Lancaster City Council By-Election

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The date of the by-election to elect new councillors for the University and Scotforth Rural ward has been announced and will take place on Thursday 17 May.

What is a by-election?

A councillor by-election is held if a seat becomes vacant during the lifetime of a Council. Reasons for vacancy can include a councillor resignation or because a councillor has passed away.

Local by-elections can be held at any time of year and your local council will be able to tell you if there are any by-elections in your area.

Why are we having one?

Two vacancies have been created on Lancaster City Council following the resignation of two councillors. Lucy Atkinson and Sam Armstrong, who both represented the University and Scotforth Rural Ward, have resigned from their seats.

Both were elected to the city council in the 2015 district elections.

Local councillors are elected for 4-year terms by the local community to represent its views. The closing date for nominations was on Thursday 19 April.

Who can vote and how?

As a student you can vote in your home town and university. All students are advised to vote in these elections and new applications to register need to be made by midnight on Monday 30 April.

To register to vote, visit the site Completing the application takes no more than a few minutes.

If voting by post, new applications must be made by 5pm on Tuesday 1 May to vote in this by-election. For details regarding postal voting, please contact the elections office on 01524 582905.

In the University and Scotforth Rural ward election only people living in the ward can vote.

Who is running?

The Conservatives, Greens, Labour and Liberal Democrats are fielding candidates in this election.

SCAN asked the candidates about their plans if elected.

Conservatives: Callum Furner and Guy Watts

Conservative candidates Callum Furner and Guy Watts have a 5-point plan which they aim to deliver: 1) “protect and enhance night-time economy” including the threat of building new accommodation near The Sugarhouse, 2) aim to improve bus services, with “extra buses at high pressure times” 3) oppose The Bailrigg Garden Village plans which could cause a disruption to the university and surrounding area 4) support building greener and affordable housing in Lancaster city centre and 5) improve mental health services at Lancaster, ensuring students feel fully supported and improve awareness.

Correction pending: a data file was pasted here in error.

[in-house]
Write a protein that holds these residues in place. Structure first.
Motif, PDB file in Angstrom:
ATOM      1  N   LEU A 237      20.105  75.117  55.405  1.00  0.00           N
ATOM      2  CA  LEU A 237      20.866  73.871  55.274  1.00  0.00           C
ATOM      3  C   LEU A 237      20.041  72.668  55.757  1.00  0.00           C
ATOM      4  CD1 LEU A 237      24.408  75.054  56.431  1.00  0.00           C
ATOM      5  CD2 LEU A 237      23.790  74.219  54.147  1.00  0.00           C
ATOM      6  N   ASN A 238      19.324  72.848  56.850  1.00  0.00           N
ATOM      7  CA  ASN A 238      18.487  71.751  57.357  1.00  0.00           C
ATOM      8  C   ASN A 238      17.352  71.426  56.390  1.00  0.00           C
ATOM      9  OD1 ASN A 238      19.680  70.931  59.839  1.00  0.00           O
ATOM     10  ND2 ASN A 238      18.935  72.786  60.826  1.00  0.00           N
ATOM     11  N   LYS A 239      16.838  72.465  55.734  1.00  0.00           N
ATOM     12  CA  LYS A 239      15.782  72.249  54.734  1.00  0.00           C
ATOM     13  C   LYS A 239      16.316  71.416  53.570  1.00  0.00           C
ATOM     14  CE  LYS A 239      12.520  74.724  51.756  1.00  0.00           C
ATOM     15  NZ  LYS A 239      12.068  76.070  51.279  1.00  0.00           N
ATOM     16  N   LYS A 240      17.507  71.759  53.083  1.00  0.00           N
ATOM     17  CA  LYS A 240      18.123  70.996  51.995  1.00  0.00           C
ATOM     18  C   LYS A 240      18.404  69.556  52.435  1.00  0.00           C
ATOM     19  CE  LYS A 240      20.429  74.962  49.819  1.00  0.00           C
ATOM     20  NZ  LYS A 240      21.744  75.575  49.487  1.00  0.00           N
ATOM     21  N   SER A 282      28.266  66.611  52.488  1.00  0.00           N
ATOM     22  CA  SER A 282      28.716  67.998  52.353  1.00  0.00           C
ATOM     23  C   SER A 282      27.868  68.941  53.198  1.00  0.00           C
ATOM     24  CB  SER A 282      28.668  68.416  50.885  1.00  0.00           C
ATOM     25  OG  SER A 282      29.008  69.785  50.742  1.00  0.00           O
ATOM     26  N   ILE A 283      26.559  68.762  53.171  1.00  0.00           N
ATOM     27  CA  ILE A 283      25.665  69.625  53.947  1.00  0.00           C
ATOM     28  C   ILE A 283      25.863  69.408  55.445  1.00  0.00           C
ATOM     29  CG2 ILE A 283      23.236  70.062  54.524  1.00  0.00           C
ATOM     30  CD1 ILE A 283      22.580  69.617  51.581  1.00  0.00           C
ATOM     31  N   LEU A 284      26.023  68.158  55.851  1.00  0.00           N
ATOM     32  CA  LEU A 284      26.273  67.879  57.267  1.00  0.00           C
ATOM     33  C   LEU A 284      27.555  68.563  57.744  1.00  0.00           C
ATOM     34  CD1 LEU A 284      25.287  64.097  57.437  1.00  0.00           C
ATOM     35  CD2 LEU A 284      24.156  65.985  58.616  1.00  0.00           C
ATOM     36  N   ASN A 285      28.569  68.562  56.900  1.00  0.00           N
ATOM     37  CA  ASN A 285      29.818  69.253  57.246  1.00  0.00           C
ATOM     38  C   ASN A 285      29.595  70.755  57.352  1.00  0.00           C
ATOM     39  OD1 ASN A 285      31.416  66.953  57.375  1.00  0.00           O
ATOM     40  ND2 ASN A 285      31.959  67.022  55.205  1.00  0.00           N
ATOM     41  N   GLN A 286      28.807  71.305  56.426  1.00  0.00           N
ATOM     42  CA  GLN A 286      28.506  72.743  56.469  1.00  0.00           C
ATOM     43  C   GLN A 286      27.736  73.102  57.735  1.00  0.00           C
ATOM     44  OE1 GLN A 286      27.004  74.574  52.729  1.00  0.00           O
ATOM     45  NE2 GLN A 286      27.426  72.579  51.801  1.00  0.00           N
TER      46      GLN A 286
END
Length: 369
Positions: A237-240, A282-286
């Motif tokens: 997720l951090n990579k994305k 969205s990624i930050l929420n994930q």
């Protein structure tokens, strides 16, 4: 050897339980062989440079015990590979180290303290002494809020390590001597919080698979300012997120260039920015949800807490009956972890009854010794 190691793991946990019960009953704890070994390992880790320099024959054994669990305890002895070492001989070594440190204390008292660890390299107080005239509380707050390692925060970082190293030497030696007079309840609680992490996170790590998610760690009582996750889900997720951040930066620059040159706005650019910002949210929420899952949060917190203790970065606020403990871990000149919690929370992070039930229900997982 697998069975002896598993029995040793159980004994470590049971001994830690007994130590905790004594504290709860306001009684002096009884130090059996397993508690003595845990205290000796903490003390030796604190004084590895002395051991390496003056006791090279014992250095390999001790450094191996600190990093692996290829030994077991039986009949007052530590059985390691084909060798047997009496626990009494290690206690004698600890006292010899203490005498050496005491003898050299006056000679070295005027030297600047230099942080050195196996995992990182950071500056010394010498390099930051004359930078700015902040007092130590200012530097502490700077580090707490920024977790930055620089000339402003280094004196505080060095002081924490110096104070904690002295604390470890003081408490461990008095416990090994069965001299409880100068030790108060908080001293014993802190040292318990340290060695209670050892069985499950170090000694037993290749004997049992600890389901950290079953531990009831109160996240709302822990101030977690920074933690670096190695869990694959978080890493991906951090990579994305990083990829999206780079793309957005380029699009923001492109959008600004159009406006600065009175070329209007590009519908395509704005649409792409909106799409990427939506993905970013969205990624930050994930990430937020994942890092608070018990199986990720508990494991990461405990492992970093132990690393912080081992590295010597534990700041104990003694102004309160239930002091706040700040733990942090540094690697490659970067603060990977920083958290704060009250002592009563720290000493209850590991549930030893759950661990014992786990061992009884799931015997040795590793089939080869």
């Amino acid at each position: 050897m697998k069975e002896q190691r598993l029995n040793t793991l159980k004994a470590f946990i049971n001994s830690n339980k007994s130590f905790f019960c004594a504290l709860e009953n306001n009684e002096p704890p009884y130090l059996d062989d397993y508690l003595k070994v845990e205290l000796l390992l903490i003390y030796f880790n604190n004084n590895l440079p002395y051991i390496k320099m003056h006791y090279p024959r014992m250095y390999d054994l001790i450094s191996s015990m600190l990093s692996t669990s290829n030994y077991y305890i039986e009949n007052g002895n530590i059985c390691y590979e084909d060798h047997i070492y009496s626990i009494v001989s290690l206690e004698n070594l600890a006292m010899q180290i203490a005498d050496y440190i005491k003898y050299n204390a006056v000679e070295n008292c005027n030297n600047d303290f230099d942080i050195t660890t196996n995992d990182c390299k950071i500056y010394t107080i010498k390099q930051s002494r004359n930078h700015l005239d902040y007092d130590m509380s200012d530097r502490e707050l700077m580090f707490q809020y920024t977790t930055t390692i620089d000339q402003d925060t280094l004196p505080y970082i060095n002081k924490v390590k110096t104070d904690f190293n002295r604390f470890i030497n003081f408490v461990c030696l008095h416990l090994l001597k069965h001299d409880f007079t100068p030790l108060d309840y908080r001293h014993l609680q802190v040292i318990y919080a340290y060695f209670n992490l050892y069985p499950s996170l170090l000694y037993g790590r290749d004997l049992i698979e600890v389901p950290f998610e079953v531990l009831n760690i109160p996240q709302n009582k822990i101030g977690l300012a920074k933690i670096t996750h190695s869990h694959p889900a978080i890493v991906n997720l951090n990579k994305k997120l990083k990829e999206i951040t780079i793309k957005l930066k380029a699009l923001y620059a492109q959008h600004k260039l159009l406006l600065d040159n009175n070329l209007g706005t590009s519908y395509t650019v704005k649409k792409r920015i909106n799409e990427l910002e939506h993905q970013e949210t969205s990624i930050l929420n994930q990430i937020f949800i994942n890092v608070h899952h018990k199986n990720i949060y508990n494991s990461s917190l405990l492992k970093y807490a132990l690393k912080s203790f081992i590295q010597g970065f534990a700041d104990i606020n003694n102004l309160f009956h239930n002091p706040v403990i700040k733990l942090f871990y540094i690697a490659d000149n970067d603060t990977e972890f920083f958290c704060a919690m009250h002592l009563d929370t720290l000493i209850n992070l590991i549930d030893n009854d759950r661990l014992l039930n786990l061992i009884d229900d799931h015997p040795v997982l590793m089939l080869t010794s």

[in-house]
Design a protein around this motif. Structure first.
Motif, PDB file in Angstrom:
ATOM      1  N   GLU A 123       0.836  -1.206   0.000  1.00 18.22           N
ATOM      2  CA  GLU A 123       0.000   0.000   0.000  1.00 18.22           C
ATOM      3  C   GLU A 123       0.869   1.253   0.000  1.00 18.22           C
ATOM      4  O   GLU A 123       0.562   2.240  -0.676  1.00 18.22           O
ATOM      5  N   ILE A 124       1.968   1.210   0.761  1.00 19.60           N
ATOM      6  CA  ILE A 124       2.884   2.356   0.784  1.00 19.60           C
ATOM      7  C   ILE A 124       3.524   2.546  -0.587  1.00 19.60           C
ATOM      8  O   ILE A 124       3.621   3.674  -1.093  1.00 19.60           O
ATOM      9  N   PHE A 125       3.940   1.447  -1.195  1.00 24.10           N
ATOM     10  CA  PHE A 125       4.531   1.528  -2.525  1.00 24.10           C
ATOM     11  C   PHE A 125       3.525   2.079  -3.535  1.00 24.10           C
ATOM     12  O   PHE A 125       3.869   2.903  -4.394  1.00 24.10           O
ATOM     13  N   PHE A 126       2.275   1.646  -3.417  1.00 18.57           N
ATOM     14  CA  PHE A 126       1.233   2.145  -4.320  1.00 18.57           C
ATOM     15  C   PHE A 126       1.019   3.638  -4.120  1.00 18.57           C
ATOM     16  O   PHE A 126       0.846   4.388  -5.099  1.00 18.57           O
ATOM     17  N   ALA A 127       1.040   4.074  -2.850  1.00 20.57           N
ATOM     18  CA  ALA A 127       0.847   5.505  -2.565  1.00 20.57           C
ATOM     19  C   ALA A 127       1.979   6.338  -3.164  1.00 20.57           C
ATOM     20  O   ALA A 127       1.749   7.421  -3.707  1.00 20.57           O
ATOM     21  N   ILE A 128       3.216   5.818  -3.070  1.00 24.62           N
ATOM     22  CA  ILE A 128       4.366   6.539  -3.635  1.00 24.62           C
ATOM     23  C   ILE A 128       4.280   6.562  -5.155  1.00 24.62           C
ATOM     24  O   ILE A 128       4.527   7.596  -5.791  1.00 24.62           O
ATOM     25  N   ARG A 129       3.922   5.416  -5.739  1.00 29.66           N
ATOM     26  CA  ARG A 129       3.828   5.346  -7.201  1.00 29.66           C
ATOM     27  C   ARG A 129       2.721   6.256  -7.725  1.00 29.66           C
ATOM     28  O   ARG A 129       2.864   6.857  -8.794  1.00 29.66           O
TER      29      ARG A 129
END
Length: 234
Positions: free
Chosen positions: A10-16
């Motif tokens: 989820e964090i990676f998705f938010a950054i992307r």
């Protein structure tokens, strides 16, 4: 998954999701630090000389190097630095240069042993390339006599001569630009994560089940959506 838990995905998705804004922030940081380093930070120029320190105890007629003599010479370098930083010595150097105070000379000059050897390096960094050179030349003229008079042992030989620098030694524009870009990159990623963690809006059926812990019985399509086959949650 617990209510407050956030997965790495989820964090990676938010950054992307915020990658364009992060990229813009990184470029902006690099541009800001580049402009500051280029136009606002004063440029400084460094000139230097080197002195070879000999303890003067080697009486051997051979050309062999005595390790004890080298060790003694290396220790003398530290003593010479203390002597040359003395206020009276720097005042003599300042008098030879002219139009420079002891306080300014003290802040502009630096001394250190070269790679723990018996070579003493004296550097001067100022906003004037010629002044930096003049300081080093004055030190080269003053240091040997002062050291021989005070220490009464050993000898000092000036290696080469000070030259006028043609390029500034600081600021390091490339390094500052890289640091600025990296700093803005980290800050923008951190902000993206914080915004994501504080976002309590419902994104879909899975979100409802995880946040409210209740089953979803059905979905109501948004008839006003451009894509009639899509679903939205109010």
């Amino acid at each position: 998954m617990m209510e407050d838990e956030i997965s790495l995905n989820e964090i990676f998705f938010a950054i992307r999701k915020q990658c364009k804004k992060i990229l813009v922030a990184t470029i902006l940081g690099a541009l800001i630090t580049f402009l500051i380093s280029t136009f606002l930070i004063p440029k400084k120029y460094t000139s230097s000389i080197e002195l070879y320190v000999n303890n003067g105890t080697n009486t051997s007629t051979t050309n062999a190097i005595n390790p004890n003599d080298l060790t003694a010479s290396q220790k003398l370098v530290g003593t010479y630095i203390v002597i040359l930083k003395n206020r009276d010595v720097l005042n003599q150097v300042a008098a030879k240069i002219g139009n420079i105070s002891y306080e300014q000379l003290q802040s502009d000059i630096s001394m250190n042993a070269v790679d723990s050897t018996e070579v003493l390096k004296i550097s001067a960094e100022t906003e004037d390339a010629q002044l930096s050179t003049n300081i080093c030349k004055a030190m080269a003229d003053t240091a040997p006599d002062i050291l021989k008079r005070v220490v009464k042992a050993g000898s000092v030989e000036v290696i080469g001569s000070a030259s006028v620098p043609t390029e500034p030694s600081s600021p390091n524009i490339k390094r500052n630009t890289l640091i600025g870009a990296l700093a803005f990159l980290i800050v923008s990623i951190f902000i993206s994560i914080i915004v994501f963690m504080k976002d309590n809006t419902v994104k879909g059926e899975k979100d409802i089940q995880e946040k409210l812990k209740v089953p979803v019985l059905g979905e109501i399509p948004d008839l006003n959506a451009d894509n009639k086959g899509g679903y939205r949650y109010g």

Green Party: Jan Maskell and Martin Paley

Green Party candidate Jan Maskell is a part-time staff member in LUMS and plans to continue building links between the university and city, “work for a sustainable arts and cultural quarter around the canal in town”, “tackle affordable housing” and focus locally on big issues such as climate change. Fellow candidate for the Greens, Martin Paley aims to “tackle food poverty”, “support refugees and asylum seekers” and support sustainable food and travel. Paley wants to push the University to become “a single-use plastic-free campus implementing Precious Plastic (a student-led recycling team)”.

Labour: Amara Betts-Patel and Oliver Robinson

Labour candidates, Amara Betts-Patel and Oliver Robinson say they will “improve the quality of student life in Lancaster by ensuring upcoming developments are geared towards the interests of both students and local people”. Both candidates want to focus on making the city a greener and safer place to live in, continue The Labour Council’s work, which approved the building of water fountains in Williamson Park, with plans to expand them through town. Other issues the candidates would like to focus on are mental health, provision of religious spaces and minimalizing future disruption from university development projects.

Liberal Democrats: Jade Sullivan and Ian Embery

For the Liberal Democrats, candidate Jade Sullivan would use her position to check and ensure accountability on the current Labour majority in the Lancaster City Council. Sullivan would like to reduce waiting time when booking appointments at the GP on campus, pressure the Council to reduce the cost of buses between campus and the university and create a study-space in town. Ian Embery, also Lib Dem, wants to “bridge the rift between `the university’ and `the community’ – on a bottom-up people-first level”, connecting students with local businesses and introducing a campus park-run.

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